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Let $\Vert x\Vert = \max\Big\{\frac{|x_1|}{3}, \frac{|x_2|}{2}\Big\}$ with $x \in \mathbb{R}^2$. Show that $\Vert\cdot\Vert$ is a norm on $\mathbb{R}^2$.

I do have problems showing that the triangle inequality holds.

So far, I tried the following: Let $x, y \in \mathbb{R}^2$, than

$$ \begin{align*} \Vert x\Vert &= \max\Bigg\{\frac{|x_1|}{3}, \frac{|x_2|}{2}\Bigg\}\\ &= \frac{1}{2}\left(\frac{|x_1|}{3} + \frac{|x_2|}{2} + \Bigg|\frac{|x_1|}{3} - \frac{|x_2|}{2}\Bigg|\right)\\ &=\frac{1}{6}\left( \frac{1}{2}\left(2|x_1| + 3|x_2| + \Big|2|x_1| -3|x_2|\Big|\right)\right)\\ &=\frac{1}{6}\max\Big\{2|x_1|, 3|x_2|\Big\}, \end{align*} $$

and

$$\small \begin{align*} \Vert x + y \Vert &\leq \Vert x \Vert + \Vert y \Vert\\ \Leftrightarrow \max\Bigg\{\frac{|x_1 + y_1|}{3}, \frac{|x_2 + y_2|}{2}\Bigg\} &\leq \max\Bigg\{\frac{|x_1|}{3}, \frac{|x_2|}{2}\Bigg\} + \max\Bigg\{\frac{|y_1|}{3}, \frac{|y_2|}{2}\Bigg\}\\ \Leftrightarrow \frac{1}{6}\max\Big\{2|x_1 + y_1|, 3|x_2+y_2|\Big\} &\leq \frac{1}{6}\left(\max\Big\{2|x_1|, 3|x_2|\Big\} + \max\Big\{2|y_1|, 3|y_2|\Big\}\right)\\ \Leftrightarrow 2|x_1+y_1| + 3|x_2+y_2| + \Big|2|x_1+y_1| -3|x_2+y_2|\Big| &\leq 2|x_1| + 3|x_2| + \Big|2|x_1| -3|x_2|\Big| + 2|y_1| + 3|y_2| + \Big|2|y_1| -3|y_2|\Big|\\ \Leftrightarrow \underbrace{2|x_1+y_1| + 3|x_2+y_2|}_{\leq\left(2|x_1| +2|x_2|\right) + \left(3|x_1| + 3|x_2|\right)} + \Big|2|x_1+y_1| -3|x_2+y_2|\Big| &\leq \left(2|x_1| +2|x_2|\right) + \left(3|x_1| + 3|x_2|\right) + \Big(\Big|2|x_1| -3|x_2|\Big| + \Big|2|y_1| -3|y_2|\Big|\Big) \end{align*} $$

I have problems showing the last inequality. I do know that $\Big|2|x_1+y_1| -3|x_2+y_2|\Big| \leq \Big|2|x_1| -3|x_2|\Big| + \Big|2|y_1| -3|y_2|\Big|$ is not true in general. So I suppose there is something I do not see?

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  • $\begingroup$ An alternative solution is to notice that this is the well-known $\ell^\infty = \|-\|_\infty$ norm on $T(\mathbb{R}^2)$, where $T$ is the diagonal matrix with $t_{11} = 1/3$, $t_{22} = 1/2$. This greatly simplifies the proof: $$\|T(x+y)\|_\infty = \|Tx + Ty\|_\infty \leqslant \|Tx\|_\infty + \|Ty\|_\infty$$ by the fact that we know $\|-\|_\infty$ is a norm. $\endgroup$ – William May 10 at 3:47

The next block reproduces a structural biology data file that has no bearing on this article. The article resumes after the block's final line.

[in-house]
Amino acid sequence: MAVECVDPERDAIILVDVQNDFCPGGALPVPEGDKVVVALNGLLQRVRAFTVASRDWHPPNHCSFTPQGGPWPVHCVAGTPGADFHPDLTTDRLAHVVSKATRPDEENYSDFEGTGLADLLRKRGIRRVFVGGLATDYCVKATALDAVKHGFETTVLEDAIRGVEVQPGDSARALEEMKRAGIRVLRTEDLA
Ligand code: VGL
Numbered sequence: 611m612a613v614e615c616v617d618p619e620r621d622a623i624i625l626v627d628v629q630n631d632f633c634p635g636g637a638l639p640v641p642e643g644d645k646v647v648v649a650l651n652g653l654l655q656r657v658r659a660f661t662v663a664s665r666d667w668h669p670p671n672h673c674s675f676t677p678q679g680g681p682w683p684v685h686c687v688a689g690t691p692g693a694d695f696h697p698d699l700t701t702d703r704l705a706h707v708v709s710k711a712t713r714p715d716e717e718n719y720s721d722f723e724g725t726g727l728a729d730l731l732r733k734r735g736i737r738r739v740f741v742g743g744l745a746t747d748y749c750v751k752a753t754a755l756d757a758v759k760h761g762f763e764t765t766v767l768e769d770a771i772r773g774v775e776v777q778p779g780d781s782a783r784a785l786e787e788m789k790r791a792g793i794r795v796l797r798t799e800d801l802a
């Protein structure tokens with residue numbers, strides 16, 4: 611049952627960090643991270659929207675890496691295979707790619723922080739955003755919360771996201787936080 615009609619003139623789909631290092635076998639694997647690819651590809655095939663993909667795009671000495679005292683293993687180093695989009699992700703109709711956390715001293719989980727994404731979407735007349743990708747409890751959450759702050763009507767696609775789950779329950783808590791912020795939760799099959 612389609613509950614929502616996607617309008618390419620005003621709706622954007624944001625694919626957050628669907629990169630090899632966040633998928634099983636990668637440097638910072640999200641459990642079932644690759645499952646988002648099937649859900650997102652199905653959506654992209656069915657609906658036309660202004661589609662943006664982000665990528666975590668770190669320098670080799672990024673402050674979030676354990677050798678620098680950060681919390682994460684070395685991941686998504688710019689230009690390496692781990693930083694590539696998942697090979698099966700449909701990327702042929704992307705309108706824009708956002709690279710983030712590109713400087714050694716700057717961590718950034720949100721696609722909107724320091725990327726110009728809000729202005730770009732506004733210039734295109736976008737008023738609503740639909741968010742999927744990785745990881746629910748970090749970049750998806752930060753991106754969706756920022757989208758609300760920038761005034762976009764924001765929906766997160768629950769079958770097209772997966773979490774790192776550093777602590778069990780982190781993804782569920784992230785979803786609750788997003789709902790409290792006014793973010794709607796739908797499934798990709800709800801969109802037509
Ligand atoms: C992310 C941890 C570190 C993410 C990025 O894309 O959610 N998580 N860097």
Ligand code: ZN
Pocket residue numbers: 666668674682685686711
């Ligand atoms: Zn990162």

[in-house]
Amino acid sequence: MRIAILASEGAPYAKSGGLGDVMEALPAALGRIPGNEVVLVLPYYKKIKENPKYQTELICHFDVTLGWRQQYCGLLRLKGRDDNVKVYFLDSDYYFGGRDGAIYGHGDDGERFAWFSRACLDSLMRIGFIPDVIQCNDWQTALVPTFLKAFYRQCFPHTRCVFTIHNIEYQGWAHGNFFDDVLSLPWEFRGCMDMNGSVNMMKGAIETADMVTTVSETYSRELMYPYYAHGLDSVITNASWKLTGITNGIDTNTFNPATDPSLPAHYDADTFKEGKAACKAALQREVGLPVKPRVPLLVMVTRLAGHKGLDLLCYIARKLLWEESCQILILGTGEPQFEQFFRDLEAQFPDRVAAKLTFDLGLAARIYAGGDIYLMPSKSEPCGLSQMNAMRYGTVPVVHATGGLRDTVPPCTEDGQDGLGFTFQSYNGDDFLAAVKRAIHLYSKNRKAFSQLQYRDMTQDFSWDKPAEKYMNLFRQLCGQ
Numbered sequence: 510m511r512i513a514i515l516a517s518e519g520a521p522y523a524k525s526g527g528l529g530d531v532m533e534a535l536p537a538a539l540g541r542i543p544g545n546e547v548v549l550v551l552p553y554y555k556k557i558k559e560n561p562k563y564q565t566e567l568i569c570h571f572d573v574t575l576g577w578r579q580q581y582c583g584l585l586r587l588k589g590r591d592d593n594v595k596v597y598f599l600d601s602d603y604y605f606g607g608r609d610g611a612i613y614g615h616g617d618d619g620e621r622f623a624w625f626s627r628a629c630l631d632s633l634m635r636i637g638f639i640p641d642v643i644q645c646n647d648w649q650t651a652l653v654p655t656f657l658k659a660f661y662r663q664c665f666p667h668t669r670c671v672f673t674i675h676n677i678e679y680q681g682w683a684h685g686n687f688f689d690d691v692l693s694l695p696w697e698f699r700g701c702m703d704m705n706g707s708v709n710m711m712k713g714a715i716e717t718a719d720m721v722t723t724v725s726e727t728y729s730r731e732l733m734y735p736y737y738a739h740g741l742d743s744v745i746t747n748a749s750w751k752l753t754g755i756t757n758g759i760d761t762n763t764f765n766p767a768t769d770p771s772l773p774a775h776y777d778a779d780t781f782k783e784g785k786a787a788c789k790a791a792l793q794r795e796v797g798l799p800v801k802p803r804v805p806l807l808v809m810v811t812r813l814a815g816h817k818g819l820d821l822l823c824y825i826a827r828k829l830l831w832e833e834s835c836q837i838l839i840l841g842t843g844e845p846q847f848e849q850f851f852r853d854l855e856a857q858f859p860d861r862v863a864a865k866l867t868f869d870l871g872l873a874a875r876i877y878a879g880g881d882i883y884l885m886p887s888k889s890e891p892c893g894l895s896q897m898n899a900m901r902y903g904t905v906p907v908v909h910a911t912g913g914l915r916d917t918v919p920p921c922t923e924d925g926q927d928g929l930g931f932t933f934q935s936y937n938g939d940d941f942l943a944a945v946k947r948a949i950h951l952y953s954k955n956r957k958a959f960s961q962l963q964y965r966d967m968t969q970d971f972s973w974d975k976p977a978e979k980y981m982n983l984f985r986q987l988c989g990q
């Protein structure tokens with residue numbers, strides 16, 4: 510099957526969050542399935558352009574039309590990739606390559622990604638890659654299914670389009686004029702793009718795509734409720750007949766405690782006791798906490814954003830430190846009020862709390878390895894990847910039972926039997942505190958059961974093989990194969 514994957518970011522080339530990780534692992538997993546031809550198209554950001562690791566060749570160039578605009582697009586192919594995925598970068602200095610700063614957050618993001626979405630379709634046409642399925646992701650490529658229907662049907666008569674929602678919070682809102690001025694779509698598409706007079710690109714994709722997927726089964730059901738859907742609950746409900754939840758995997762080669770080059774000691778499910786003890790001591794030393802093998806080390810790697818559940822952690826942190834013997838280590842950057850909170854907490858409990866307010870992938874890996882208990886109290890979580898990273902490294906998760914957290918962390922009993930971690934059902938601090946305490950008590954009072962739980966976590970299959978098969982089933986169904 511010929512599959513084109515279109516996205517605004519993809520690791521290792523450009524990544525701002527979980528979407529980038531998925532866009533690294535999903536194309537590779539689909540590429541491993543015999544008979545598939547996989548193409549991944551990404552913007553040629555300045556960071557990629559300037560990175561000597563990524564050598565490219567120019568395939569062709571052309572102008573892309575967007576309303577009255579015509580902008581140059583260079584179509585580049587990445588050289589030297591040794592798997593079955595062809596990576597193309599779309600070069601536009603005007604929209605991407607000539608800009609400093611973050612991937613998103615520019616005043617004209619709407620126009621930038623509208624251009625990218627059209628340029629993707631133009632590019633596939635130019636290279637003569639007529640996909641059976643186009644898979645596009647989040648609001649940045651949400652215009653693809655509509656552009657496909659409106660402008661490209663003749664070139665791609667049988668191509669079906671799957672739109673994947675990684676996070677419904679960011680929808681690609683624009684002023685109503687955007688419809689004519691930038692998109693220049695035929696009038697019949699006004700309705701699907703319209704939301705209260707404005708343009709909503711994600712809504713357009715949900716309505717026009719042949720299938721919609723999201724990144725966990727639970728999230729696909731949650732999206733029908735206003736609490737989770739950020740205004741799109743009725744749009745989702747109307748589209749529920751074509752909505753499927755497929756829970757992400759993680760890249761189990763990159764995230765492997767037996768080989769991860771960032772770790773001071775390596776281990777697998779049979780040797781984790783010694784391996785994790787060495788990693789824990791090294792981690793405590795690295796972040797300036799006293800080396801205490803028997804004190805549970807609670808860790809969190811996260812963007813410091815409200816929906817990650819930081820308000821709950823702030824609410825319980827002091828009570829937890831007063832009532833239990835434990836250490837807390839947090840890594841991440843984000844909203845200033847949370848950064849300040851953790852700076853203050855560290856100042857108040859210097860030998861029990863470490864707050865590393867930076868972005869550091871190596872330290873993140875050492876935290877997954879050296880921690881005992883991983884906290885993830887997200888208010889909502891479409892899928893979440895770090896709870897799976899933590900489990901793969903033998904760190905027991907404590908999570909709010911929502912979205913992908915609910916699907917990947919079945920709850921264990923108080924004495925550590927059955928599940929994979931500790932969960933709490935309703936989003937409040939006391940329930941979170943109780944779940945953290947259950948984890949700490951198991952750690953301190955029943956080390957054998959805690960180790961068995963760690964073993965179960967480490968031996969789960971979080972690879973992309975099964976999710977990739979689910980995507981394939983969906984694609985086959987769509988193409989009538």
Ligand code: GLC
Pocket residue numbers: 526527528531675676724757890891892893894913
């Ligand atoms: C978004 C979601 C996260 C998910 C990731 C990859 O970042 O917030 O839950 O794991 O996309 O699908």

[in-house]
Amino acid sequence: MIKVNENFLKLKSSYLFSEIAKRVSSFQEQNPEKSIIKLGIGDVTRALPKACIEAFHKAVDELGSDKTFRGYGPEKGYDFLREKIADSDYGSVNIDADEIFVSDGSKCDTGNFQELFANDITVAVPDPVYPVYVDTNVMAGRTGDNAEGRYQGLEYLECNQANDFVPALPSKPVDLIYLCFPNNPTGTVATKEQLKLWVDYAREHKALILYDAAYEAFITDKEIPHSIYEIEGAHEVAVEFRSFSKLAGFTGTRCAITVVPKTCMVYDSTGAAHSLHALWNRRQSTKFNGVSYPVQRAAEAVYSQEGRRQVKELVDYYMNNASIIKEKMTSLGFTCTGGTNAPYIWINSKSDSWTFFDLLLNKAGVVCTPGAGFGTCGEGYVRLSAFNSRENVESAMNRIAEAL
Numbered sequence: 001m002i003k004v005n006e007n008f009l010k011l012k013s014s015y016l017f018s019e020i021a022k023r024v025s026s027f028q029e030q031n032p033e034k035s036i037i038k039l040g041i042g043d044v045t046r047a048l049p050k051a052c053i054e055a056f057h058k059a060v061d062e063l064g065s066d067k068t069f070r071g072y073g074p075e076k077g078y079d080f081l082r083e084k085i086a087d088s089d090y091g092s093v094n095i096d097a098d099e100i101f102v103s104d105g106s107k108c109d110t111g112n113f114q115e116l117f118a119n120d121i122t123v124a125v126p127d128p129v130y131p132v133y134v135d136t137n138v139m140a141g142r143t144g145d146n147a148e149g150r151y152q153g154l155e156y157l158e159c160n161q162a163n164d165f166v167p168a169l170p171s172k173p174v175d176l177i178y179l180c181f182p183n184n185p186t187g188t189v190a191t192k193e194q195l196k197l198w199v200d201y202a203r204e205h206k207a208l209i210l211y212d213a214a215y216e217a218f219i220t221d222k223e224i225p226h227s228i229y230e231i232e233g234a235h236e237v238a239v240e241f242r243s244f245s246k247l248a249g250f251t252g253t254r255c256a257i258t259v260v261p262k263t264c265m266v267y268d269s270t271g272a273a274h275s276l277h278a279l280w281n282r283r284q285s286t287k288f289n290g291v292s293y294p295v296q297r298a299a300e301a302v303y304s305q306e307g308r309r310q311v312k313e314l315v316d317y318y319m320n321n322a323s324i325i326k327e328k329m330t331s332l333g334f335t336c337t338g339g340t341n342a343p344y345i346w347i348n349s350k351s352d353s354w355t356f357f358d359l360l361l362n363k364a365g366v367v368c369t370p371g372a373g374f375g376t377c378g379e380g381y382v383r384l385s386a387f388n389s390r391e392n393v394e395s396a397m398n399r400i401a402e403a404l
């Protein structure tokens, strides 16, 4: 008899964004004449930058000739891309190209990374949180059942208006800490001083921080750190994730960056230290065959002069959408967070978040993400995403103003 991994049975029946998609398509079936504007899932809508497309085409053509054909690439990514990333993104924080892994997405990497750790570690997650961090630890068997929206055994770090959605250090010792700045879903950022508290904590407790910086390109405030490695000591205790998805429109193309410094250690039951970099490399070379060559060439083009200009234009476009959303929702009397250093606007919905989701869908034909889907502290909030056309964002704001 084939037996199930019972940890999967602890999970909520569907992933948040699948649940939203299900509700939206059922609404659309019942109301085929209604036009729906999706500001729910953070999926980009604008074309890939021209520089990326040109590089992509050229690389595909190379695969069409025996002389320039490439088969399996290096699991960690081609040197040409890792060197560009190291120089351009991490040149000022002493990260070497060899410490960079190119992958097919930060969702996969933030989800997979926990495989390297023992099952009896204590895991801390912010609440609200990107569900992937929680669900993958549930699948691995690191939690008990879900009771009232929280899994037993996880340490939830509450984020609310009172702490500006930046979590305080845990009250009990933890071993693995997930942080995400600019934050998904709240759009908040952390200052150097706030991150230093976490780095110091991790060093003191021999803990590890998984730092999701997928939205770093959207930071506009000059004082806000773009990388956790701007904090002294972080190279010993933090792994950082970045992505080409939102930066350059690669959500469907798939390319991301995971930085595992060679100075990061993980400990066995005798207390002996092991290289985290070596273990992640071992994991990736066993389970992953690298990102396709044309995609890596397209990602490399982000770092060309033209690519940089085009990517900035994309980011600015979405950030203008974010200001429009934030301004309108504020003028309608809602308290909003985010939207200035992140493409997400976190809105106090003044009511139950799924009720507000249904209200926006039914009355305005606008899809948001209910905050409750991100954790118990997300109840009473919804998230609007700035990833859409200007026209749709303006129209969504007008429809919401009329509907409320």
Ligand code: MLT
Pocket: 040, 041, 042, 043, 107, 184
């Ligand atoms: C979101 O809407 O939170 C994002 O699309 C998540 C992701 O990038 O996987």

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To prove that the triangles inequality holds, we need to show that $$\|x+y\|\leq \|x\|+\|x\|$$ $$\Leftrightarrow \max\Bigg\{\frac{|x_1 + y_1|}{3}, \frac{|x_2 + y_2|}{2}\Bigg\} \leq \max\Bigg\{\frac{|x_1|}{3}, \frac{|x_2|}{2}\Bigg\} + \max\Bigg\{\frac{|y_1|}{3}, \frac{|y_2|}{2}\Bigg\} $$ which is equivalent to $$\frac{|x_1 + y_1|}{3} \leq \max\Bigg\{\frac{|x_1|}{3}, \frac{|x_2|}{2}\Bigg\} + \max\Bigg\{\frac{|y_1|}{3}, \frac{|y_2|}{2}\Bigg\} $$ and $$\frac{|x_2 + y_2|}{2} \leq \max\Bigg\{\frac{|x_1|}{3}, \frac{|x_2|}{2}\Bigg\} + \max\Bigg\{\frac{|y_1|}{3}, \frac{|y_2|}{2}\Bigg\} $$ Note that $$\frac{|x_1 + y_1|}{3} \leq \frac{|x_1|}{3}+\frac{|y_1|}{3}\leq\max\Bigg\{\frac{|x_1|}{3}, \frac{|x_2|}{2}\Bigg\} + \max\Bigg\{\frac{|y_1|}{3}, \frac{|y_2|}{2}\Bigg\}$$ The second inequality can be obtained similarly.

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    $\begingroup$ +1 The OP should look t this, see how much clearer it is than his attempt, and learn from it. $\endgroup$ – GEdgar Apr 4 at 11:01
  • $\begingroup$ @GEdgar thank you! $\endgroup$ – JwJJJJ Apr 5 at 1:20

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